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Friday, March 1, 2024

Roger Donlon, 1st Medal of Honor Winner in Vietnam, Dies at 89


Roger H.C. Donlon, an Military Inexperienced Beret who in 1964 was the primary Medal of Honor recipient within the Vietnam Battle, for main the protection of a jungle outpost in a ferocious nighttime assault regardless of being wounded by shrapnel from mortars and a grenade, died on Jan. 25 in Leavenworth, Kan., the place he lived. He was 89.

The trigger was Parkinson’s illness, which his family said resulted from publicity to Agent Orange, the poisonous chemical sprayed by American plane as a defoliant in Vietnam.

Mr. Donlon was a profession soldier who spent 33 years within the Military, rising to colonel. Earlier than that he attended the U.S. Navy Academy at West Level, although he dropped out after two years, and have become a Inexperienced Beret in 1963 after coaching at Fort Bragg, N.C., now Fort Liberty.

The battle by which he earned the Medal of Honor loosely impressed the climactic scene in “The Inexperienced Berets,” a 1968 film starring John Wayne.

Mr. Donlon was a 30-year-old Particular Forces captain when he arrived in South Vietnam to command an outpost at Nam Dong, north of Da Nang not removed from the Laotian border. The mountainous area within the Central Highlands was populated by Montagnard villagers, whom Military advisers — and before them, C.I.A. officers — tried to form right into a bulwark in opposition to the Vietcong, the Communist insurgency aligned with North Vietnam.

Ringed in barbed wire, Camp Nam Dong was defended by a dozen U.S. Particular Forces and about 300 Vietnamese. Within the early hours of July 6, 1964, a drive of 800 to 900 Vietcong and North Vietnamese regulars launched a shock assault, looking for to overrun the camp.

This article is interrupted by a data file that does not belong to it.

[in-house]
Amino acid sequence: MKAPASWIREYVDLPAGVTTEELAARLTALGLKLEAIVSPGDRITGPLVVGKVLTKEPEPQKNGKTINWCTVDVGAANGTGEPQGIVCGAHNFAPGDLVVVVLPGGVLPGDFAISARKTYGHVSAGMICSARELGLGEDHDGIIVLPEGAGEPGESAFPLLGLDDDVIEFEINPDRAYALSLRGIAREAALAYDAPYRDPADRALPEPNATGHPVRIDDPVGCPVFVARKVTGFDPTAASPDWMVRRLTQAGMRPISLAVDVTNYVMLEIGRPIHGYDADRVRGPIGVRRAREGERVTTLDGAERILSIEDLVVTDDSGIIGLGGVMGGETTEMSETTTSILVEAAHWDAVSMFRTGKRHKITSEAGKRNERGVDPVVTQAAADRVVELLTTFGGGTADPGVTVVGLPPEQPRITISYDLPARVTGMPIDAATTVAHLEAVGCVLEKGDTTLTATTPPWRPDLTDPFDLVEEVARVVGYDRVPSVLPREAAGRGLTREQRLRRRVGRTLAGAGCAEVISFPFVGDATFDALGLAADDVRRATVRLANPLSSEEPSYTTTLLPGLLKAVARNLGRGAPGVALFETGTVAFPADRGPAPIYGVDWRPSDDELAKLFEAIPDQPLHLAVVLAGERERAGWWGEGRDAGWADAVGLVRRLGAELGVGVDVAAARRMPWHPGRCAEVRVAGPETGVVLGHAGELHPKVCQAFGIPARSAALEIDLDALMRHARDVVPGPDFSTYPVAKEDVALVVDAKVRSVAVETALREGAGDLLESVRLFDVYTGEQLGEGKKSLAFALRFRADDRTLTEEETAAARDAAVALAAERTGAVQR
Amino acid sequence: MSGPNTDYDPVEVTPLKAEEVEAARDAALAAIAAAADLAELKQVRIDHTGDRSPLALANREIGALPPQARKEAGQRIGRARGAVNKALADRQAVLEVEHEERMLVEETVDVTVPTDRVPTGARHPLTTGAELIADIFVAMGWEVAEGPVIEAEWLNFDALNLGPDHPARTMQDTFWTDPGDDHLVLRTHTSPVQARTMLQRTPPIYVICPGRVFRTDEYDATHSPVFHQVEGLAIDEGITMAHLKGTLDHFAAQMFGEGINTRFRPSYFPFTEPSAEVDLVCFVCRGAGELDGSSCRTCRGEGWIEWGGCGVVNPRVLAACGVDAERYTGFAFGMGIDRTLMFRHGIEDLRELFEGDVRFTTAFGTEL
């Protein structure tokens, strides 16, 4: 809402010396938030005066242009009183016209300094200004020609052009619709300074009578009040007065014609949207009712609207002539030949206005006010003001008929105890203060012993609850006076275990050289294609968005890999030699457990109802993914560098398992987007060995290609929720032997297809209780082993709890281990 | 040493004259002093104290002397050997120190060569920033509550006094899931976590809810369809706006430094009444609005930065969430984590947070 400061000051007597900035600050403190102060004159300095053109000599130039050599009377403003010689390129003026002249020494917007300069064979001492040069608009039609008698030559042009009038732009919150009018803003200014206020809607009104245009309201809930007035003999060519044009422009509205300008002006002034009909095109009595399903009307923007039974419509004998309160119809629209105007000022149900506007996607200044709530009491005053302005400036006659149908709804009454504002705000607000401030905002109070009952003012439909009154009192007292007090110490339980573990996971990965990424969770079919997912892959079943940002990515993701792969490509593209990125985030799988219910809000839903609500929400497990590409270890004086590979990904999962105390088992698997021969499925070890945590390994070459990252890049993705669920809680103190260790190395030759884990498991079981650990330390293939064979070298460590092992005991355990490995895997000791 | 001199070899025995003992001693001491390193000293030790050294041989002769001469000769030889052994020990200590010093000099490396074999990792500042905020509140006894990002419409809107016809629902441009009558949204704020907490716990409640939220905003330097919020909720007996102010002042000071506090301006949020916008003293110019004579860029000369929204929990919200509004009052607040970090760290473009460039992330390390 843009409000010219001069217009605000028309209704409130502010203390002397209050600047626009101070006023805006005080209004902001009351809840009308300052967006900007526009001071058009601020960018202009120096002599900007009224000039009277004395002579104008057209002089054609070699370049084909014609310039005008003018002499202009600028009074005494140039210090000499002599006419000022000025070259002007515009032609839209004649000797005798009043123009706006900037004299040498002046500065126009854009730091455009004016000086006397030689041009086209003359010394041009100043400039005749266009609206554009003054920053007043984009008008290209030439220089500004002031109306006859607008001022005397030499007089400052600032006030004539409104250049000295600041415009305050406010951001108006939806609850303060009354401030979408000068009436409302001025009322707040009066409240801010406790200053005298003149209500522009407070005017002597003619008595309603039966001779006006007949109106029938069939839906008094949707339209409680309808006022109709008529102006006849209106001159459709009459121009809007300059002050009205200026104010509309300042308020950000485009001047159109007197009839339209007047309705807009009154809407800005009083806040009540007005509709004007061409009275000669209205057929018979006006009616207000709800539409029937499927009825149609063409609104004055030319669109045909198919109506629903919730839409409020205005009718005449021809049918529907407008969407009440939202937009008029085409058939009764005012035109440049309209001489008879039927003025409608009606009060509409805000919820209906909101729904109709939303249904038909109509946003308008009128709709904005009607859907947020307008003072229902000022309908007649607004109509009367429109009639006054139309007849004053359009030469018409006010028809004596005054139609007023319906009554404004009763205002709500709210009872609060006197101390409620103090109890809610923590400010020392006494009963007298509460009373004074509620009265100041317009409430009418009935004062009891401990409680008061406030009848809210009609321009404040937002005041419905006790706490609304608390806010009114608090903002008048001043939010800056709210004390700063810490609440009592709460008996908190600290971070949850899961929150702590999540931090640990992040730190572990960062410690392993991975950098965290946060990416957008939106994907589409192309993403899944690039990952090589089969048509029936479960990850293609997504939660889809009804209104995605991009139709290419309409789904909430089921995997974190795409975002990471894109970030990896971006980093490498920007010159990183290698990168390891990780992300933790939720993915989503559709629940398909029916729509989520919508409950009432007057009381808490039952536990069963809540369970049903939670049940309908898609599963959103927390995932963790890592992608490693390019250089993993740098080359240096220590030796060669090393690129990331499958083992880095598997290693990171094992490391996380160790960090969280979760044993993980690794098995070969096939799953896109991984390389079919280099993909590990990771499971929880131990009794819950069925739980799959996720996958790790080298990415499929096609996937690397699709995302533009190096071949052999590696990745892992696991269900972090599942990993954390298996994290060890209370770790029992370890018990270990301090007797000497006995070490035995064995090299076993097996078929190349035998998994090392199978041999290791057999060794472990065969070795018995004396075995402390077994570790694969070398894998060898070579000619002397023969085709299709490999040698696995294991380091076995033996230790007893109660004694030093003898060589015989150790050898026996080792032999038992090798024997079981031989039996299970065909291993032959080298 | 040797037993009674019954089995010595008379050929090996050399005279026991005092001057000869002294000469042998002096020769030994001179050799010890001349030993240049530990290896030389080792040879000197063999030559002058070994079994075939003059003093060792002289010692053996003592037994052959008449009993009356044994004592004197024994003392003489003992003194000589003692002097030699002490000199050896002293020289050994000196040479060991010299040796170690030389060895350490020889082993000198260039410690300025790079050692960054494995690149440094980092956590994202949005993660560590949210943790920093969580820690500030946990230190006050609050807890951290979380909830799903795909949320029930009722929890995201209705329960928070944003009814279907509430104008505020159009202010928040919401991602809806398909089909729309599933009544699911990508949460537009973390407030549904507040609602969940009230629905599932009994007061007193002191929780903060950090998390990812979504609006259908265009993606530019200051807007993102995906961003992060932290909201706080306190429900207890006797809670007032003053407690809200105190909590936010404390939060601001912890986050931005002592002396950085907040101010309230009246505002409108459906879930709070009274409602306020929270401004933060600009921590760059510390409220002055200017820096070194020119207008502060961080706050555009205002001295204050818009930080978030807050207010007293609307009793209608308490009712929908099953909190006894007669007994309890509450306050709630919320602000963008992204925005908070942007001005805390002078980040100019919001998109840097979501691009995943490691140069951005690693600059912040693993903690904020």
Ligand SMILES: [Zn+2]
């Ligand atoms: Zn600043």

Years later, Capt. Donlon mentioned that among the many fighters the Inexperienced Berets have been coaching have been many Vietcong sympathizers. When the capturing started, he told the Congressional Medal of Honor Society, the attackers made an announcement over a public deal with system in English and Vietnamese telling the sympathizers: “Lay down your weapons. We simply need the People.” He estimated there have been solely about 75 reliable fighters to defend the camp.

Working via “a hail of small arms and exploding hand grenades,” in accordance with the Medal of Honor citation, Capt. Donlon “annihilated” enemy fighters who have been trying to breach the principle gate.

Throughout 5 hours of combating, he was continuously in movement: laying down masking fireplace as his troopers retreated, crawling with a 60-millimeter mortar to a brand new location and dragging a wounded soldier out of a gun pit. On separate events, he was wounded within the abdomen, left shoulder, leg and face.

Capt. Donlon radioed for reinforcements, however when helicopters arrived from Da Nang Air Base, they have been unable to land due to the extraordinary firefight and returned to base.

“With out hesitation,” Capt. Donlon’s quotation reads, “he left this sheltered place, and moved from place to place across the beleaguered perimeter whereas hurling hand grenades on the enemy and galvanizing his males to superhuman effort.”

At daybreak when the enemy retreated, two Inexperienced Berets, one Australian soldier and 55 South Vietnamese defenders have been useless, whereas the Vietcong misplaced 64 males, in accordance with an official military history.

Capt. Donlon was awarded the Medal of Honor by President Lyndon B. Johnson on the White Home on Dec. 5, 1964.